AT FIRST, YOU WEREN’T INTERESTED IN DOING A NEW RAMMSTEIN RECORD. WHAT CHANGED?
When we started to come back in 2015 to decide what we wanted to do, I wasn’t up for having a new Rammstein record at all. But we made a deal and said, “Let’s get together with no record in mind and see how it works while we’re playing.” I didn’t really have anything written and then I went back to my tracks that I had written for other stuff. I played them for the guys and I was surprised they liked them and wanted to make these into songs. So there are all these different moods than we usually have, even though you can tell it still sounds like Rammstein. But the songs are more melodic. We took a lot of time actually to arrange the songs and we experimented with a lot of harmony structures in the songs, which we haven’t done in the past because before it was all just to capture Till’s voice. This time, I had the possibility to bring some melodies and some vocal lines in there. It just was a different process this time so it sounds to me not like any other Rammstein record.
IT’S BEEN WELL REPORTED HOW MUCH RAMMSTEIN FIGHTS IN THE STUDIO TO MAKE EVERYTHING PERFECT.
Yes, and that’s why I was not really looking forward to doing a Rammstein record. I was thinking about the whole process. I know what’s happened in the past. And what I did was I brought one of my dear friends and also the producer of the last Emigrate record and our front-of-house guy, Olsen Envolltini, into the Rammstein world. My thought was to change up the dynamic and energy in Rammstein. Olson is very musical. He’s multi-talented. And by him being there, the energy changed between me and Paul [Landers, Rammstein’s other guitarist] drastically. I don’t know why. It’s almost like being in couples therapy. It’s not about going there and getting advice from the therapist. It’s more about, if you go to a therapist and sit in front of the other person, all of a sudden you’re listen to what the other person has to say, rather than while he’s saying something and you’re thinking of a strategy to fight against him. So, all of a sudden, I was listening to what he had to say and he was listening to what I had to say. Individual-wise, we’re really, really different. Black and white. If he says, “Yeah,” I say, “No.” It’s always the same story. But somehow we need that for the Rammstein cosmos.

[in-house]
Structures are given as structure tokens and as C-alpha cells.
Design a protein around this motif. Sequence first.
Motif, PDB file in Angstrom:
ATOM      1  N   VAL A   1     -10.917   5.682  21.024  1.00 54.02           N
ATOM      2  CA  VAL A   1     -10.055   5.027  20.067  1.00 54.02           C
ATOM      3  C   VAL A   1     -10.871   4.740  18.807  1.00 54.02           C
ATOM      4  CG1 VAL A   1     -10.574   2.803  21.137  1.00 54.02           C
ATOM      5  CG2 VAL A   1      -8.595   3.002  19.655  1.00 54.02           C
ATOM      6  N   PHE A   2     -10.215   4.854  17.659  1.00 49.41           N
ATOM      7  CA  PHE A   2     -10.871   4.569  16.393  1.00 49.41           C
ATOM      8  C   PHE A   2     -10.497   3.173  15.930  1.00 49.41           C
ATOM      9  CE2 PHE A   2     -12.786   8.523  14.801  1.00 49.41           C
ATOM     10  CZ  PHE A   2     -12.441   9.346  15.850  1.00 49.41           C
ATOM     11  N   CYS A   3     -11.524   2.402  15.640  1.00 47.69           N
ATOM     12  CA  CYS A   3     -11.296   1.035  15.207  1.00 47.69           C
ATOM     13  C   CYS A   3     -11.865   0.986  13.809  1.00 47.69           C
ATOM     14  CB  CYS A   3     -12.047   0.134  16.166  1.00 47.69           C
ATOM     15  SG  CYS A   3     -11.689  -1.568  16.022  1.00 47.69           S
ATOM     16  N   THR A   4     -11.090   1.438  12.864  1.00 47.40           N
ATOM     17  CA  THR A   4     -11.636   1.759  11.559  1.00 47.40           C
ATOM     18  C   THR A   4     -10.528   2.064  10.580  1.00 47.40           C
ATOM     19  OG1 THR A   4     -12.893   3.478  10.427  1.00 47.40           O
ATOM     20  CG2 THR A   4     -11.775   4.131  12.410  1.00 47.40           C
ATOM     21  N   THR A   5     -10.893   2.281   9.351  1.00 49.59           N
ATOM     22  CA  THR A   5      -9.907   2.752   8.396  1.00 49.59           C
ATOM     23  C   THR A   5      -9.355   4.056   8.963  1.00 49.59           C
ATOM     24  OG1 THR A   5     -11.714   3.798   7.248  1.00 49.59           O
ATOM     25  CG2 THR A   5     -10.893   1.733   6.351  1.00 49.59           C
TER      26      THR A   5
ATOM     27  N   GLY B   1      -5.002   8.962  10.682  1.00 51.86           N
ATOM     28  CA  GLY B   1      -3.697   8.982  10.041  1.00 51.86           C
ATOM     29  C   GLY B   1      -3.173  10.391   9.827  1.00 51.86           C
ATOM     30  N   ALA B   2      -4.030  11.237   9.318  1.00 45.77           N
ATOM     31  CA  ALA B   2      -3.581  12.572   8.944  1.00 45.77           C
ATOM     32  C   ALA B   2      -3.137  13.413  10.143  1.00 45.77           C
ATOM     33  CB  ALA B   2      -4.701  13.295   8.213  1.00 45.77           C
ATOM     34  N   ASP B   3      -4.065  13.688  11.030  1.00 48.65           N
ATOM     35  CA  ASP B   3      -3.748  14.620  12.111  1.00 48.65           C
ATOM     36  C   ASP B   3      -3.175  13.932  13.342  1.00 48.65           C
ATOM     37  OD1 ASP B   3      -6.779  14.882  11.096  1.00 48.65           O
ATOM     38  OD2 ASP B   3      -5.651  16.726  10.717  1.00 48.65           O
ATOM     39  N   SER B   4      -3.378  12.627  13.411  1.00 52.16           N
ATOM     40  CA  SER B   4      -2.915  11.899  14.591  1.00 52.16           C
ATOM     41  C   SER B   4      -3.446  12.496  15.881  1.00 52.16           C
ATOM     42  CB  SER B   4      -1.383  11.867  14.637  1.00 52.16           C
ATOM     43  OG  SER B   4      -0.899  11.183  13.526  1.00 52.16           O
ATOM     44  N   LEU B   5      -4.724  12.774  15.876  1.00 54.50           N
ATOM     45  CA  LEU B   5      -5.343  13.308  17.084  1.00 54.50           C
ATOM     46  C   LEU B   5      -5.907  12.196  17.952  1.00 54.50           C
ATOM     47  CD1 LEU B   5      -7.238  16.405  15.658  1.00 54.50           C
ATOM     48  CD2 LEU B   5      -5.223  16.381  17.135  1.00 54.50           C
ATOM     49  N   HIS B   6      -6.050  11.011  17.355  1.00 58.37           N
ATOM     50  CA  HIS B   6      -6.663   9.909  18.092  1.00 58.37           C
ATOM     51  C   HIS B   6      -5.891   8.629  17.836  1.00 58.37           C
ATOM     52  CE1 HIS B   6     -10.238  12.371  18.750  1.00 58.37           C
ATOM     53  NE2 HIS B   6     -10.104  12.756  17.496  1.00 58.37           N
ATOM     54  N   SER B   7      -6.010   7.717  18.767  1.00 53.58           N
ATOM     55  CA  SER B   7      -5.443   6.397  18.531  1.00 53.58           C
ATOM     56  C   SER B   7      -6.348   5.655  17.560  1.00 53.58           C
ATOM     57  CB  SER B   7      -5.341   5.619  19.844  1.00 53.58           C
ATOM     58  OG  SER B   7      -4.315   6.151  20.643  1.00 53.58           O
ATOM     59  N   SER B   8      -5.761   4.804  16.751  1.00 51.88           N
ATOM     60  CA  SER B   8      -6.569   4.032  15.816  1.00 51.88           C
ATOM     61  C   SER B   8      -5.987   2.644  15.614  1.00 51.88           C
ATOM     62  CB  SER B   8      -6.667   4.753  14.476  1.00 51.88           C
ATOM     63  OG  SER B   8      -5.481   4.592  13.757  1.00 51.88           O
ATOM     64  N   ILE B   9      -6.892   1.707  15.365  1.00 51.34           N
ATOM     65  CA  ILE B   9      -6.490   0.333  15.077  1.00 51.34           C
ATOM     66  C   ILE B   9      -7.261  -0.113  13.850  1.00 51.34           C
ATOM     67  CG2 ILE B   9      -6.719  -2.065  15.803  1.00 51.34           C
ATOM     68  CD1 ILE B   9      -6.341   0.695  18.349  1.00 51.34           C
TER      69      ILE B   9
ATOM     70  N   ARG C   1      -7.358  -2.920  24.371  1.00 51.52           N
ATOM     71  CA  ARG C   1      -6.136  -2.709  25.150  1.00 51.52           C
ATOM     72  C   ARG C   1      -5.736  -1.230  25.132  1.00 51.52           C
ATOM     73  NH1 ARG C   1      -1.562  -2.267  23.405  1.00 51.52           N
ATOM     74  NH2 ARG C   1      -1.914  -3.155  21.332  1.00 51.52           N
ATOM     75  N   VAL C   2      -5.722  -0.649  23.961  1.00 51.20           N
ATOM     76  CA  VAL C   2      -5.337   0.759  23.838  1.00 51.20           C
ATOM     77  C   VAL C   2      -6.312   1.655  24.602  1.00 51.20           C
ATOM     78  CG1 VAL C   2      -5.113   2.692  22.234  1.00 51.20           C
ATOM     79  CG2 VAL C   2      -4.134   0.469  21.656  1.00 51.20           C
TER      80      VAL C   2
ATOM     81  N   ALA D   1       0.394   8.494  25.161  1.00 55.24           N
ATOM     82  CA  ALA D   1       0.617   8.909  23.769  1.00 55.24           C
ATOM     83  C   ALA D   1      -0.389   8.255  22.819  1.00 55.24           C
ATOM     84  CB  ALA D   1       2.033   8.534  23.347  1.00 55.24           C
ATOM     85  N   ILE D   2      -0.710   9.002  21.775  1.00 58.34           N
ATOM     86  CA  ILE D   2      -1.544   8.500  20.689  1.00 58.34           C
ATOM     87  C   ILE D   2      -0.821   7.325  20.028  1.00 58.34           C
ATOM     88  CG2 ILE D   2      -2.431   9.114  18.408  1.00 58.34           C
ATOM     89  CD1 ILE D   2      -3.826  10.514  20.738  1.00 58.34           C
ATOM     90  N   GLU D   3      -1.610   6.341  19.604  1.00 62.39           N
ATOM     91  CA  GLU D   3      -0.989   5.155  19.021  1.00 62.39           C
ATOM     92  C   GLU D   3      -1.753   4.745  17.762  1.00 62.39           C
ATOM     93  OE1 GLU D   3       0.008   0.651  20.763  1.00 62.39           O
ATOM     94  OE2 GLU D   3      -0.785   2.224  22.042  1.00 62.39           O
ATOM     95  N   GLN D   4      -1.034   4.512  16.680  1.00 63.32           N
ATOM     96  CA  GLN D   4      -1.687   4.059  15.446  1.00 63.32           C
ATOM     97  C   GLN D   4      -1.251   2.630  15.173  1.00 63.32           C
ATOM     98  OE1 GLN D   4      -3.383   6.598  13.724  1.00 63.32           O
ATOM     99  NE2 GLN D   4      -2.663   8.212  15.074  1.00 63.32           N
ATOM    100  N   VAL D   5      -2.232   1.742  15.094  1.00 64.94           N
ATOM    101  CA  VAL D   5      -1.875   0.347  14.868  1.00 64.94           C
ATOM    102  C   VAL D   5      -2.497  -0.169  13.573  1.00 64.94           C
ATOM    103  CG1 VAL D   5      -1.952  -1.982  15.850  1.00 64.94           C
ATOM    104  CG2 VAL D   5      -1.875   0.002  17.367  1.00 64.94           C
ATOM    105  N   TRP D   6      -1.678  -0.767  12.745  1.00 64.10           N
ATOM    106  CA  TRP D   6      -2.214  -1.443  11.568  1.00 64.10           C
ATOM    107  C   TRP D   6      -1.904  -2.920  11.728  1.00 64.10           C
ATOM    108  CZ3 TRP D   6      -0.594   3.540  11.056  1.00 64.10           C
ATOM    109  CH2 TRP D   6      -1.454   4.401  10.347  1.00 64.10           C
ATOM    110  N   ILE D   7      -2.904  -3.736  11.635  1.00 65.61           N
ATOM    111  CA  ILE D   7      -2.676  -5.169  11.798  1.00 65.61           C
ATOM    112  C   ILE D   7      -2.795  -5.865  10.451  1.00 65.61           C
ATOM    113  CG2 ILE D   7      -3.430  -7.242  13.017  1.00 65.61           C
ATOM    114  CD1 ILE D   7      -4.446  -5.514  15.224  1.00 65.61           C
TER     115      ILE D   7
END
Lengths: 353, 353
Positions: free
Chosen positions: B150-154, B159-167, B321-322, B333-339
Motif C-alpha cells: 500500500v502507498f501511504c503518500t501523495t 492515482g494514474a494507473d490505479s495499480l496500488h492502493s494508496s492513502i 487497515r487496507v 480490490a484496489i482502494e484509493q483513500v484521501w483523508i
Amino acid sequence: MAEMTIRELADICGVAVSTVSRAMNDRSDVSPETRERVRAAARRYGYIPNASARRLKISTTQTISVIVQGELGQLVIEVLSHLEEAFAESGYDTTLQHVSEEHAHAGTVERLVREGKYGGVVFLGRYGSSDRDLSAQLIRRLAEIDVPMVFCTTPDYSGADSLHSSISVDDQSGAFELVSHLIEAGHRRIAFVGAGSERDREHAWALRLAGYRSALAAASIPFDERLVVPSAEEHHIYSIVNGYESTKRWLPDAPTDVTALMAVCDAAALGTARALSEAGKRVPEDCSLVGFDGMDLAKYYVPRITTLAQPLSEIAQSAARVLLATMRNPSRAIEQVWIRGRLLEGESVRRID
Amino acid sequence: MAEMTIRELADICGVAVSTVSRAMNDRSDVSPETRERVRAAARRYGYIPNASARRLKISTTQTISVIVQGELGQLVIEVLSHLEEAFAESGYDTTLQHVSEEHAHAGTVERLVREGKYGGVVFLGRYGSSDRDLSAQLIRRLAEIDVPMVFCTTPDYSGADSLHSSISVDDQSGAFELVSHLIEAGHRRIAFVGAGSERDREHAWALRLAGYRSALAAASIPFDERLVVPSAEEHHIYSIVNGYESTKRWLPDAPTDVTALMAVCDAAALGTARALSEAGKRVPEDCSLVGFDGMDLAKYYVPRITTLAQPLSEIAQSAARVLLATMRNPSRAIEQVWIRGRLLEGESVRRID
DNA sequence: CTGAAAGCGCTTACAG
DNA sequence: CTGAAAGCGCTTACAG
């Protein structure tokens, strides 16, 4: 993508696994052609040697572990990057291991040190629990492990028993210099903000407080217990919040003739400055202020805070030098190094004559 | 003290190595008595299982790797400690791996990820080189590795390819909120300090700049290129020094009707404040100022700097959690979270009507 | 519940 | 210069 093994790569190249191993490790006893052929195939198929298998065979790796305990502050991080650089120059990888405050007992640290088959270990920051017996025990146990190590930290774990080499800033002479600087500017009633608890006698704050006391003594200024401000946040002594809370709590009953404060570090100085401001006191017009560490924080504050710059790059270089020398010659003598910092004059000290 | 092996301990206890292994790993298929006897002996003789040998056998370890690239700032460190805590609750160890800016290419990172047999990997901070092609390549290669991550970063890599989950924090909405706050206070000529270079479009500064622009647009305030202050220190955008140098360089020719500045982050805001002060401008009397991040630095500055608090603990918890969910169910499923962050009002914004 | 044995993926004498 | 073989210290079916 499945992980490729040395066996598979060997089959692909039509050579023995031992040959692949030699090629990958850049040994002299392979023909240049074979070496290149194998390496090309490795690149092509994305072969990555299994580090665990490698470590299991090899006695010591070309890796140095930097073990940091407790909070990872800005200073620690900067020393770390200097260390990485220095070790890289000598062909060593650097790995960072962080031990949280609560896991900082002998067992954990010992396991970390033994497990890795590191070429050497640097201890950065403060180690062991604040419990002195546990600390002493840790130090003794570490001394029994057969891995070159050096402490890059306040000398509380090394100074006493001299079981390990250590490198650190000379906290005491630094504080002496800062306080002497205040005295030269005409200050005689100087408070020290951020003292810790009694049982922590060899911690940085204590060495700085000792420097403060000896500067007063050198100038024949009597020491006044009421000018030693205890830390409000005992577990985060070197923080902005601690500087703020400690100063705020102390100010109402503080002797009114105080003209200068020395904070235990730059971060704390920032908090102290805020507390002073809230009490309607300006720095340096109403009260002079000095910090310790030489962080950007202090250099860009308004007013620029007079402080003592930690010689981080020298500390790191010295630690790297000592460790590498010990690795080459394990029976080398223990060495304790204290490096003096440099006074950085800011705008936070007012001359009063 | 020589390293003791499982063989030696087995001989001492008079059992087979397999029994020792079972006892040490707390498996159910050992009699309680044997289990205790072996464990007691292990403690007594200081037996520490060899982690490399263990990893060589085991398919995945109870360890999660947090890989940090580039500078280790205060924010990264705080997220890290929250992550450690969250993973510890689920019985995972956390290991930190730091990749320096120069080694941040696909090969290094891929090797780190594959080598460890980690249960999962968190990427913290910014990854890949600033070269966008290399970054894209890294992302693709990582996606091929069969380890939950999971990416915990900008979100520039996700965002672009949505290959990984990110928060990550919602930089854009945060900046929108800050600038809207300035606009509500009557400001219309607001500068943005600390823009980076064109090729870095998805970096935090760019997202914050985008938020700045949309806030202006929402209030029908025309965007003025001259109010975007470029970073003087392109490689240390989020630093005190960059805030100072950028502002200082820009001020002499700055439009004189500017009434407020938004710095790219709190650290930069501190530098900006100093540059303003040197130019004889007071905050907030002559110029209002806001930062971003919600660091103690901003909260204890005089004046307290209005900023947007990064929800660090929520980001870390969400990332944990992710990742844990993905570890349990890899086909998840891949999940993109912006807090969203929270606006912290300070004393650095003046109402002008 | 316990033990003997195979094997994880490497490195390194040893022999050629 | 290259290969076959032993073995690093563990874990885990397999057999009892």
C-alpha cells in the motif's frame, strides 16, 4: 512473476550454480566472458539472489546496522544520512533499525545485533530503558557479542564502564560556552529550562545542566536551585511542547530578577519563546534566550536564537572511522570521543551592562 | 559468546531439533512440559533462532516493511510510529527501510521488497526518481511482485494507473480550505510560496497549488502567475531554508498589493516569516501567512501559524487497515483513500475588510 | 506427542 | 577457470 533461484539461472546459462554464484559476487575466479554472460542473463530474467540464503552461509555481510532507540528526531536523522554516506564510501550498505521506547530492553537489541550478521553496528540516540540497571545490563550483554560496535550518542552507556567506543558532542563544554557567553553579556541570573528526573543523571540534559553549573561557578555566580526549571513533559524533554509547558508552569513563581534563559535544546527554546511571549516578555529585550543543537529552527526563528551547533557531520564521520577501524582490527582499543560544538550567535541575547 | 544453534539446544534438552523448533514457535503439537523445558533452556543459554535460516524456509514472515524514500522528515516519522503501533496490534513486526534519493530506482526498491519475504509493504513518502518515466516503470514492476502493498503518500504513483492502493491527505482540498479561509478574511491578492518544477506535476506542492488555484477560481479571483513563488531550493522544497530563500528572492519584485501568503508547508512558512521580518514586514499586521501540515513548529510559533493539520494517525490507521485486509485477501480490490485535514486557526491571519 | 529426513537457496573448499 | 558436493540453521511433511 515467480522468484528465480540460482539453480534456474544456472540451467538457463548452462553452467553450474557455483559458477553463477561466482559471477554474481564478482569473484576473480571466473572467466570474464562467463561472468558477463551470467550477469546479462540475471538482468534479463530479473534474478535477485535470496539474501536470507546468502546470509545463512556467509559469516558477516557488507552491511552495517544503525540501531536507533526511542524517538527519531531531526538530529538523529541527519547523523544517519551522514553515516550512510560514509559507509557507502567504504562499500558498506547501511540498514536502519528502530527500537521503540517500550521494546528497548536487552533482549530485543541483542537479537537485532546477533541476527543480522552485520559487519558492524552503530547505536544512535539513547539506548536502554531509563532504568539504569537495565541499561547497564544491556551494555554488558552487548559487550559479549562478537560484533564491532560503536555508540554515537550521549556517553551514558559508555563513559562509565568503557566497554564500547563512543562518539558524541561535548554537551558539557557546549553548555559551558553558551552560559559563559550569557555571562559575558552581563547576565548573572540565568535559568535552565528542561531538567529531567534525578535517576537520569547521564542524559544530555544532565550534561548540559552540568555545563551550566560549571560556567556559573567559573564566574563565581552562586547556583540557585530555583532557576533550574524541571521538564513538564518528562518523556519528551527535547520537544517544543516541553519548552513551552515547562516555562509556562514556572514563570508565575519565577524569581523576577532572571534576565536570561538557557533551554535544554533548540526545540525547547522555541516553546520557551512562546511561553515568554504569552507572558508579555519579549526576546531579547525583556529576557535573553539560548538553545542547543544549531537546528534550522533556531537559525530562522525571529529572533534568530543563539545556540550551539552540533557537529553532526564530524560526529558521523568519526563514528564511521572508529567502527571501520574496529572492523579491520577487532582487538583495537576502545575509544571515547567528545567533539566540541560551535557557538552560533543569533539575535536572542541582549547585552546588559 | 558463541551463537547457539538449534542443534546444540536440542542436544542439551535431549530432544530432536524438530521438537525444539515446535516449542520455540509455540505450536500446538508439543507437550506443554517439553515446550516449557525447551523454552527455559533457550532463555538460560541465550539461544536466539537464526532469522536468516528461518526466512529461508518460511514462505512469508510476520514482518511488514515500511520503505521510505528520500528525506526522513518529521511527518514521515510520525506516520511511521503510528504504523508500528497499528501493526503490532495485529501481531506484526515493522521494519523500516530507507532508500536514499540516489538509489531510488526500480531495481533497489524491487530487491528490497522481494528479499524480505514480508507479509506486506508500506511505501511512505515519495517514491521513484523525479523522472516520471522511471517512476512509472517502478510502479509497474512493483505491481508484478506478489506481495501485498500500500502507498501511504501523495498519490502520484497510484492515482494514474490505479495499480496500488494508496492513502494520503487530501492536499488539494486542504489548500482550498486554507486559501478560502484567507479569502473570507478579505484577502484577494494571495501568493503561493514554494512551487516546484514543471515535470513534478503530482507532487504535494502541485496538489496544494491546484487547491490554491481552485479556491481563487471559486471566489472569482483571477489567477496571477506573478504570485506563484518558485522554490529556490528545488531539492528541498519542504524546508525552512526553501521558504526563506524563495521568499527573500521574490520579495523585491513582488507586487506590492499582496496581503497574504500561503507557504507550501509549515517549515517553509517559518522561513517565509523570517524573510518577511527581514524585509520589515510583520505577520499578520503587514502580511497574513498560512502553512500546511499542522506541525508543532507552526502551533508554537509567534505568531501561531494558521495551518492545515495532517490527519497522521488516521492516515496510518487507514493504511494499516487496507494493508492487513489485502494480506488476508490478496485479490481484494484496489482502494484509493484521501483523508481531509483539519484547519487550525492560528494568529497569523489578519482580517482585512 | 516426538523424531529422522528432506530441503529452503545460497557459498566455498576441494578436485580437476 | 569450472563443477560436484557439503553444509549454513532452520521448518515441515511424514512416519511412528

IT SOUNDS LIKE THE PROCESS WAS MORE AMICABLE.
It was more about listening and thinking, “OK, you know, you might have a point.” Or, “Yeah, you have a point, but I don’t agree with that because I see it a different way.” It was more grown-up and not so much, “Fuck you!” “No, fuck you!” Maybe we’ve gotten older. You can learn so much. Music is such a fragile thing So, yeah, there was arguing, there was fighting, but in a very civilized way.
CONSIDERING THE CONTENTIOUS ENVIRONMENT, IT’S AMAZING THAT NO ONE HAS QUIT IN ALL THE YEARS YOU’VE BEEN TOGETHER.
You know how many times I’ve thought about it? [Laughs] God! The funny thing is, in the old days it was also part of security. I was like, “What if I leave and I can’t pay all my bills and everything?” Everyone had financial responsibilities. But a couple years back we made an agreement in the band that even if someone quits he still is on the Rammstein payroll. So this is not an argument anymore. It crazy, but if you take away the financial situation and you just look and see the things that you have achieved, in a way you can overcome the evil parts. In the end, everyone wants the best for the project, it’s just there’s different ways. And if you start to find the compromises and you still can live with the quality that comes out of it, I think there’s no way to quit.
YOU’VE SAID IN THE PAST THAT THIS MIGHT BE YOUR LAST ALBUM WITH RAMMSTEIN.
It’s funny because Rammstein brings out the best part of me. I’m the most creative when I’m around those guys. I’m different creatively when I’m by myself doing Emigrate or working with other people. But right now I feel like by finishing my Emigrate record and the Rammstein record at the same time, maybe there’s something else for me to do in life than just playing in a band. There must be another challenge in my life, maybe something that has nothing to do with music. That’s how I feel at the moment. I would love to experience like some other thing to life — not just playing and blowing up stuff onstage.